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Gates Lauds Improvements in Wounded Warrior Care

By Gerry J. Gilmore
American Forces Press Service

WASHINGTON, Oct. 22, 2008 – The military has made "some significant steps forward" in caring for wounded warriors, Defense Secretary Robert M. Gates said during a Pentagon Channel interview broadcast today.

Inpatient care provided to wounded warriors always has been world-class, Gates said.

“We’ve never had a problem with that,” he said, “and the medical treatment that our soldiers and Marines and airmen and sailors get from the battlefield to these hospitals has no peer anywhere in the world.”

The military has made “some significant steps forward” over the past year, Gates said, citing the services’ creation of wounded warrior transition organizations.

“I think that the services have really taken a lot of forward steps in terms of improving care, having care managers who make sure that appointments get made and that they’re sequenced correctly,” he said.

Other improvements are under way with the disability evaluation system that’s used to determine how much money injured servicemembers receive after they’re discharged, Gates said, as DoD and Department of Veterans Affairs officials work together toward streamlining that process.

“We have a pilot [disability rating] program where there is just one exam and one rating between us and the VA, but it is just a pilot program,” Gates said.

Gates acknowledged that still more can be achieved in caring for wounded warriors.

“Part of the problem is we make decisions here and we budget money here for things, and it takes awhile, often, for that to trickle down to individual posts and bases and to the individuals involved,” Gates said.

“So, while I think we’ve accomplished a lot and we are headed absolutely in the right direction, there’s no question that we still have further to go, and there’s still a gap between where we want to be and where we are,” he said.

About $900 million in resources have been earmarked for treatment and research of servicemembers suffering from post-traumatic stress disorder and traumatic brain injury, Gates said, and the Defense Department will establish a Center for Excellence at Bethesda, Md., that will specialize in research and development in finding new treatments for PTSD and TBI.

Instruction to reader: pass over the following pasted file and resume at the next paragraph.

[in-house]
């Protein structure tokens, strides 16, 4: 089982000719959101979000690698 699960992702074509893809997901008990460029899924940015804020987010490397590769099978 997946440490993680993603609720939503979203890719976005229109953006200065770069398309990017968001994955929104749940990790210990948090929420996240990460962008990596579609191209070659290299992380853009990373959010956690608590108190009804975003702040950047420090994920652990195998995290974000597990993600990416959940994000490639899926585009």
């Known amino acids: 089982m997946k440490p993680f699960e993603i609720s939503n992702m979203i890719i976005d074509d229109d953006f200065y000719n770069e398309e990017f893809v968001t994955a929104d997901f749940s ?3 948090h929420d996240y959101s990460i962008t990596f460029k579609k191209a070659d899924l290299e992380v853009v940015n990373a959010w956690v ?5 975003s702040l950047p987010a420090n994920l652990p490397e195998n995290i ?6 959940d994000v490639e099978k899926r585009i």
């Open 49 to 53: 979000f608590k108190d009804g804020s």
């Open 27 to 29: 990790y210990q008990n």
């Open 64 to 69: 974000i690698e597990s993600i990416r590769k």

“It will be a world-class facility at Bethesda, serving all of the services,” Gates said. “There’s a lot that we don’t know about TBI and post-traumatic stress, so we’ve got a lot of experiments going on around the country.”

To help change the military culture to accept that psychological injuries are as devastating as physical wounds, Gates supported the initiative to remove a question on the security clearance form that asked servicemembers whether they ever had received psychological counseling or other kinds of mental health treatment. There’s no question, Gates said, that more military people of all ranks are seeking care for mental health issues.

“This is another area where we have a strong culture to overcome, where people basically say, ‘Suck it up and get on with the job,’ and so on,” Gates said, “without realizing that people who have PTSD have suffered a wound just like they’ve been shot and need to be treated.”

The secretary credited Army Chief of Staff Gen. George W. Casey Jr. with leading his service in promoting the need for soldiers of all ranks to care for their mental health. Noncommissioned officers of all the services, Gates said, play a key role in monitoring young troops’ mental health and encouraging them to seek help, if necessary.

Changing military attitudes about mental health issues will take time, Gates acknowledged.

“I think changing Question 21 to where people don’t have to worry about losing their security clearance or have their career affected is an important step,” Gates said. “But fundamentally, it’s a leadership issue in terms of setting an example, of senior officers even acknowledging that they may have had to seek help … and set the example that way.”

Gates signs condolence letters for the families of servicemembers who have died in service to their country, and he provides hand-written notes with each one. It’s important, he said, for the fallen to be remembered as people and not become statistics.

Shortly after he took office, Gates said, he told his staff he wanted to see photos of each fallen servicemember, as well as the hometown newspaper obituary, attached to the condolence letters he was to sign.

“I want to get to know every one of these people and the sacrifice that they’d made,” Gates said.

Though all military members are expected to do their duty, the secretary said, the sacrifices they make in doing so must not be overlooked. “I think not forgetting the sacrifice that has been made and not letting people become a number is absolutely essential,” he said.

With a new administration taking over in January, Gates said, the bonds he has forged with U.S. military members will make it hard for him to leave the Defense Department.

“The opportunity to serve with our troops and to lead them has been the best thing that’s ever happened to me,” he said.

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Biographies:
Robert M. Gates

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